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It's A Dog's Life-Lost Dog



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It’s A Dog’s Life—

Lost Dog

Mary Jane Anderson

Many times you have heard the story, “My dog was right in front of me as we walked in the woods and the next thing I know, he disappeared. Just like that!” Desperate notices affixed to telephones, tree trunks, or ads placed in the newspaper by forlorn owners are commonly seen in towns and cities around the country. What would you do if you lost your dog? Couldn’t happen, you say? There is not a dog who will not wander, given an incentive like chasing another dog or cat or squirrel.

From previous efforts to find a lost dog, there are effective techniques in searching and recovering your animal. First run newspaper ads, place posters at eye level in areas two miles from your home. Give as much information as possible such as the breed, sex, age, name, physical description and/or unusual markings or features. A recent picture is always helpful. If your dog has medical problems, state the illness and symptoms.

If a reward is offered make sure it is mentioned in big bold type, “Reward — No Questions Asked.” John Keane, a professional tracker of lost pets, in his book, Sherlock Bones, suggests a guideline for offering a reward: $50 for the average mixed-bred pet, $100 for a pedigreed animal, $300 for an outstanding-looking animal. A substantial reward will have a better chance of finding your dog.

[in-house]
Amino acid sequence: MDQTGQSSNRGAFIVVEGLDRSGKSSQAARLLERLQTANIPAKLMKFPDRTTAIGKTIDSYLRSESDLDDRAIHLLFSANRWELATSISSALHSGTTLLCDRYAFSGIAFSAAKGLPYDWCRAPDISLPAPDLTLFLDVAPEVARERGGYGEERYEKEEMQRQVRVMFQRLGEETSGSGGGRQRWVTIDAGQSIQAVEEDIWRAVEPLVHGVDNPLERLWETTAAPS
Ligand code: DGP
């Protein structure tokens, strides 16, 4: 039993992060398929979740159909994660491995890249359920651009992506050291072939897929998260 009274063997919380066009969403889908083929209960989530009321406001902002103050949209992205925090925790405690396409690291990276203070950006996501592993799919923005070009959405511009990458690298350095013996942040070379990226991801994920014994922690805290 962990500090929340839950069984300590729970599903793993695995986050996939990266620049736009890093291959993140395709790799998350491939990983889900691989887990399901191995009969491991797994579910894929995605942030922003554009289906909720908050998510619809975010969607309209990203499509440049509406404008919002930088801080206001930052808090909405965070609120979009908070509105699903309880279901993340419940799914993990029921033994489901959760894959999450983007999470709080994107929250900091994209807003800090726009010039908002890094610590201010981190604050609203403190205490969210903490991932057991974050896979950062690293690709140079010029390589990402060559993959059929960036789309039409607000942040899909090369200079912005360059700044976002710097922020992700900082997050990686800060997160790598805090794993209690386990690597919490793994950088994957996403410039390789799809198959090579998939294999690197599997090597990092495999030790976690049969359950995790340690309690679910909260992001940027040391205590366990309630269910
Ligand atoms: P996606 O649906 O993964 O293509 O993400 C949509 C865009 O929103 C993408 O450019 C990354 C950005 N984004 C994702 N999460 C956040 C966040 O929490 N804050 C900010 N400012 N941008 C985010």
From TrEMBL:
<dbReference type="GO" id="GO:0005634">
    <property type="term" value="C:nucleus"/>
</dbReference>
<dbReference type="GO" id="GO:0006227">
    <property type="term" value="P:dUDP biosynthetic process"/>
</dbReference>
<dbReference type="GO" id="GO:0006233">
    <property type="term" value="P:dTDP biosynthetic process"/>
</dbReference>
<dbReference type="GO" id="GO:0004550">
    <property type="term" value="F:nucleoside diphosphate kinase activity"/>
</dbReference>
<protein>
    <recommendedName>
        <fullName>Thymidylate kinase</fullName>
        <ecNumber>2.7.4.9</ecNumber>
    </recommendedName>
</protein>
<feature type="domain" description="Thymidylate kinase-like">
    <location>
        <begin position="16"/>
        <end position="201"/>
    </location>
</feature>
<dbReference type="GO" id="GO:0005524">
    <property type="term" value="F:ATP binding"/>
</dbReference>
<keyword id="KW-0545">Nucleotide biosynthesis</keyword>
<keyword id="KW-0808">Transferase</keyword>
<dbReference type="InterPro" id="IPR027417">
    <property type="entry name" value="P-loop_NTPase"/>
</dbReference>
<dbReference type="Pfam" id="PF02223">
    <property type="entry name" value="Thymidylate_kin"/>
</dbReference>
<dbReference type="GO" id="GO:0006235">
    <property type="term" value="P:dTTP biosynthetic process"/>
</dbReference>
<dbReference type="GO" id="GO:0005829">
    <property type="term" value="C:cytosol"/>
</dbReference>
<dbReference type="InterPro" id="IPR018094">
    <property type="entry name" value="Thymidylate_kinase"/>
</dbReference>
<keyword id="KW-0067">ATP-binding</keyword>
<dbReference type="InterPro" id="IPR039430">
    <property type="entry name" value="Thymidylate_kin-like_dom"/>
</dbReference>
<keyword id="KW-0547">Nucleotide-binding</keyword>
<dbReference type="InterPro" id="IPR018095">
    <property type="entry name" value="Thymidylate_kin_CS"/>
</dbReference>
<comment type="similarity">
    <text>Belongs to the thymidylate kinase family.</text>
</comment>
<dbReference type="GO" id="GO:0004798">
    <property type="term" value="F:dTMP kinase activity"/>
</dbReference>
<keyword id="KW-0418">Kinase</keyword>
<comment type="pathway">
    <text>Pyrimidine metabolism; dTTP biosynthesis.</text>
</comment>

Make sure your ads and posters list several phone numbers. People tend to give up or forget to call back when the phone is constantly busy or unanswered Distribute the posters to local supermarkets, laundromats, bus stops, and schools. Go to local veterinarians, groomers, kennels, and animal shelters. To the untrained eye, all dogs of the same breed look alike. Only you can definitely identify your animal. Check the lost and found columns in the local newspapers.

When your dog becomes lost, concentrate your reach in the area he was last seen. Comb the area with thoroughness. The exact area where the dog disappeared is extremely important. Lost dogs usually stay put. Patrol the area yourself and remember that most recovered dogs are found in the first 48 hours. But do not give up if your dog is still missing after several days. If your dog is gone for more than two days, it would be wise to extend the search area, keep patrolling, and keep asking anybody, and everybody, neighbors, children, postal carriers, sanitation personnel, newspaper deliverers, and other delivery people. If your dog was lost in a wooded area, leave a sweater or blanket in a secluded spot. Often a dog will locate the familiar scent and stick around until you get back.

Another aid in finding a lost dog is a quick, organized plan of attack. Possibly several of your dog friends will help. Everyone must have a clear-cut plan of what their job will be and it all must be done all at once. There are also national breeder clubs and individuals who provide rescue services; look into these possible supports in your area.

Hopefully, you will never have this experience with your dog, but if you do, the guidelines will maximize the possibility of your animal’s safe return. The best answer is to be prepared before hand. This means that your dog has a collar on, with a dog license and name tag attached. A spayed or neutered dog will also lessen the dog’s chance of roaming. Also a tattooed dog has a better than average chance to be recovered.

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